I was asked this question at a recent conference and yes, banks do believe that the mass poor are just that: poor. How do you make a profit out of the poor? Well truth be told the poorest are the most profitable. They’re the ones who need loans and go overdrawn, therefore pay all the fees for the rest of us – the mass affluent – to get our banking for free. Thank you the impoverished.
It is the poorest who take out payday loans, but they prefer to have a payday loan than to deal with a bank, because at least the payday loan firm is upfront about what it’s going to charge them. James Barth of Auburn University observes that payday lenders congregate in neighbourhoods with higher rates of poverty, lower education and minority populations, but at least they can get a loan rather than an unauthorised overdraft that here in the UK charges more than a payday lender.
At least they’re only paying £90 to borrow £100, which is less than some Kenyans were being charged before M-Pesa. Sending money before mobile payments arrived used to be a tricky affair involving getting a bus or taxi driver to take your £100 from Nairobi to the villages. Quite often it wouldn’t arrive. Even if it did arrive, it would often cost 25% or more.
Similarly, the high fees of Western Union and other remittance providers were fairly punishing … until fintech came along. Now those costs are dropping rapidly. For example, here are the comparisons of a few players when sending $1,000 from the US to the Philippines.
Ria Money Transfer is the cheapest at $6, taking 3-5 days, or $10 if you want it to move in minutes. A bunch of other players are in the $10 or less mark – OFX, TransferWise and Abra – but this rises a little when you look at the more traditional players. Wells Fargo is $21 for a 3-5 day transfer, while Western Union is $28 for a 5-7 day transfer. Interestingly, the most expensive choice would be a fintech company! Skrill would charge you $64 for a $1,000 transfer and take 3-5 days to do it, so don’t always assume a startup new player is the best. Meanwhile, as can be seen, there are many players trying to unbundle the old model of Western Union and co.
Finally, the most exciting area of change isn’t payday loans or remittance exploiting the poor, but the inclusion of billions of people thanks to mobile, who were never included before. These vary from the millions in China who are now using Ant Financial to those in India using Paytm to the Venmo’d of America. The numbers are stunning: 450 million people using Alipay, 200 million using Paytm, and Venmo’s user numbers aren’t quoted* – and it is the fact that mobile has moved from dealing with money in buildings, to dealing with money in apps.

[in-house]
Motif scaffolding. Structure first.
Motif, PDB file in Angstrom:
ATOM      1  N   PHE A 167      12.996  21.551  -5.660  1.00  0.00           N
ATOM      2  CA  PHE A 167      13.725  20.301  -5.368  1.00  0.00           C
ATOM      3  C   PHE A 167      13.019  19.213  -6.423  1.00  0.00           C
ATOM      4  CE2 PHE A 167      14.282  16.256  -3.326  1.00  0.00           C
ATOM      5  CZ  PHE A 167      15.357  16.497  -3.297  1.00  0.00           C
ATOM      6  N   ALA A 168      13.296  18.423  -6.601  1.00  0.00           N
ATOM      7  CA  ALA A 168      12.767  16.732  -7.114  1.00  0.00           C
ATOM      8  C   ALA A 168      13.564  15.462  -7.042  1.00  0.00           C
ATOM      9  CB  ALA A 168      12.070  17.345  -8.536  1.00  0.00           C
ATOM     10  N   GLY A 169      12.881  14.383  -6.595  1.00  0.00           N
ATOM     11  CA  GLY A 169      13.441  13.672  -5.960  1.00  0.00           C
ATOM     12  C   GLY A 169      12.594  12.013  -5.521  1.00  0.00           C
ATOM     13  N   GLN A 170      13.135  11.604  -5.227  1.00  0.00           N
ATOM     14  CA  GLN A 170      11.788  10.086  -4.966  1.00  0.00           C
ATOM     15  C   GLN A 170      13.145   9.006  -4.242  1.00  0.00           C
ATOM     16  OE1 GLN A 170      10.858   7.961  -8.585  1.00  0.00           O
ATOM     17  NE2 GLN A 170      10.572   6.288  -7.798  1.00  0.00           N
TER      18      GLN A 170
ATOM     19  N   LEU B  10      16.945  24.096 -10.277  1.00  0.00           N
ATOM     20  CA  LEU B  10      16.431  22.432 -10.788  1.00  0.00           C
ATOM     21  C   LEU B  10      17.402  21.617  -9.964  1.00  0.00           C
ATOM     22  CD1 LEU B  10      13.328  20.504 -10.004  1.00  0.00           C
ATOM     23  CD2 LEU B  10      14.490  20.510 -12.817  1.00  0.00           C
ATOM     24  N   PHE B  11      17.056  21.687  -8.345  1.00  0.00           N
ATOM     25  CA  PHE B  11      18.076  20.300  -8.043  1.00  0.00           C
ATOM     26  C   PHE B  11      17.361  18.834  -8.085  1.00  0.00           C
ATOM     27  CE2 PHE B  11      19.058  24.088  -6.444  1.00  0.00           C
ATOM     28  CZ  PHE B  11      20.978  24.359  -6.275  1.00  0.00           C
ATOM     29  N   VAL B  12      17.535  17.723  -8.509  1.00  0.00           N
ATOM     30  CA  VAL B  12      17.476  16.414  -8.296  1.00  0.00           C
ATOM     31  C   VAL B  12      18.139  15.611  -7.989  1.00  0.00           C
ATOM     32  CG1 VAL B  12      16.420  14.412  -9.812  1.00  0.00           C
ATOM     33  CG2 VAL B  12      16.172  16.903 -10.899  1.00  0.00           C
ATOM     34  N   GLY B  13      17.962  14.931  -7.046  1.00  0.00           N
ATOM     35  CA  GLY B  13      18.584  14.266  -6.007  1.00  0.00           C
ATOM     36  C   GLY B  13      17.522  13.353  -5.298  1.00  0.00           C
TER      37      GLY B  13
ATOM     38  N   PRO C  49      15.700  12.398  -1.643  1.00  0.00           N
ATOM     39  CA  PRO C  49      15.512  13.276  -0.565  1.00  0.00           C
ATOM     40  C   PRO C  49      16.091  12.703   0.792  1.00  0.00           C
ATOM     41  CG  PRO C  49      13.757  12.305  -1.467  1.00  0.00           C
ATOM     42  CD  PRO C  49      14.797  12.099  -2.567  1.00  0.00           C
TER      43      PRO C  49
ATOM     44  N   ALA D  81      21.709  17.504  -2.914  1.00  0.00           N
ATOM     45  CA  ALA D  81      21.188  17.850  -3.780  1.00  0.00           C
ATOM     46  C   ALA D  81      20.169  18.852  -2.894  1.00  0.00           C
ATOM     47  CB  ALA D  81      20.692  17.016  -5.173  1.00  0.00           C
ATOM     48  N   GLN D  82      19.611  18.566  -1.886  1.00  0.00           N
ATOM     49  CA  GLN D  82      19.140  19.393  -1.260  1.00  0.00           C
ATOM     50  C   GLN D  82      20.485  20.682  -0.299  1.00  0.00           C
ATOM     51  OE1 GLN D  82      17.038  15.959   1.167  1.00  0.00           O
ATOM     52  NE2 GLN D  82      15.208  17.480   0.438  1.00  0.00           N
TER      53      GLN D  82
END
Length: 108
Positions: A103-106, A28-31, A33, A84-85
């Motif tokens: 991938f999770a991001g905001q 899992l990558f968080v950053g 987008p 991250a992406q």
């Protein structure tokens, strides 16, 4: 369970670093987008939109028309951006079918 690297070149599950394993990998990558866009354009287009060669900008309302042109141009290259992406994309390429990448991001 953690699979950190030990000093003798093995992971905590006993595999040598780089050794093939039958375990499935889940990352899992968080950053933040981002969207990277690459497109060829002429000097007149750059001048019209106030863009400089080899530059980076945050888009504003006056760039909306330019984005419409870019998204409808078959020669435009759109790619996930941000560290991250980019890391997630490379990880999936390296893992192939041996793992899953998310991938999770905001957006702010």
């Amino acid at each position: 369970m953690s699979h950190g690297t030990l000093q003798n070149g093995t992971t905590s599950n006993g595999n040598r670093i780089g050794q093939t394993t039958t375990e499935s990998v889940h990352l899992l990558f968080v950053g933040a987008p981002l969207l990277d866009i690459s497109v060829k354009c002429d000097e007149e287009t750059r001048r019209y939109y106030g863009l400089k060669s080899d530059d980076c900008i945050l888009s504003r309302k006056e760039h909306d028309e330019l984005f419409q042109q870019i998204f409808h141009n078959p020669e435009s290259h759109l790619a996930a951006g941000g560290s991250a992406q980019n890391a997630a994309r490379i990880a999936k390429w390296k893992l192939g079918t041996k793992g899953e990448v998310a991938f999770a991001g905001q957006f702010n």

Outside the apps is just as exciting (if not more so) because Africa and other nations stuck in poverty for decades are reinventing the whole concept of money with mobile. This is summarised neatly by Financial Inclusion Insights research, which notes that:
- more than 90% of the world’s poor are covered by a mobile signal
- 60% of Africans live in rural areas and mobile money is the only way to reach them cheaply, affordably and at scale, which is why people in Cote d’Ivoire, Somalia, Tanzania, Uganda and Zimbabwe are using mobile money more than a traditional bank account
- in Tanzania, ownership of mobile money accounts surged from 1% of the population in 2009 to 32% in 2014
- digital accounts cut the costs of transactions by as much as 90%
- digital accounts give people the ability to save and budget for the first time in their lives, allowing them to withstand financial shocks and direct money toward specific uses, such as education and healthcare.
- four out of 10 adult Nigerians have no access to any form of financial services, making life not only more difficult, but also more expensive for these people.
Now we get back to that question: When will banks stop seeing financial inclusion as a charitable venture? It’s not charity, otherwise M-Pesa would be making no money. It’s making money. In fact, it’s the second largest revenue generator for the Safaricom Group, which is why it protects its monopoly in Kenya.
In other words, financial inclusion is a charitable venture if you are a bank with physical distribution, but it’s a good business if you’re a telco with digital distribution. And telcos will upscale as they learn the model, as evidenced by Orange, who, after learning that this was good business in Cote D’Ivoire and Mali, opening mobile money services in Poland, Romania and other European countries, and finally realised that, with its 650 stores (branches?) in France, it might as well open a bank.
Bank the unbanked
So what’s the bottom line here? The bottom line is that mobile financial inclusion is a massive market opportunity to bank the unbanked, make money out of it and eradicate the expense of being poor.
Two billion individuals and 200 million micro, small and midsize businesses in emerging economies lack access to savings and credit, and as a result economic growth suffers. A research report from McKinsey in September 2016 finds that widespread adoption and use of digital finance could increase the GDPs of all emerging economies by 6%, or a total of $3.7tn, by 2025. This is the equivalent of adding to the world an economy the size of Germany, or one that’s larger than all the economies of Africa. This additional GDP could create up to 95 million new jobs across all sectors of the economy. In other words, it’s worth it.
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– This article is reproduced with kind permission. Some minor changes have been made to reflect BankNXT style considerations. Read more here. Photo: Joao Silas, Unsplash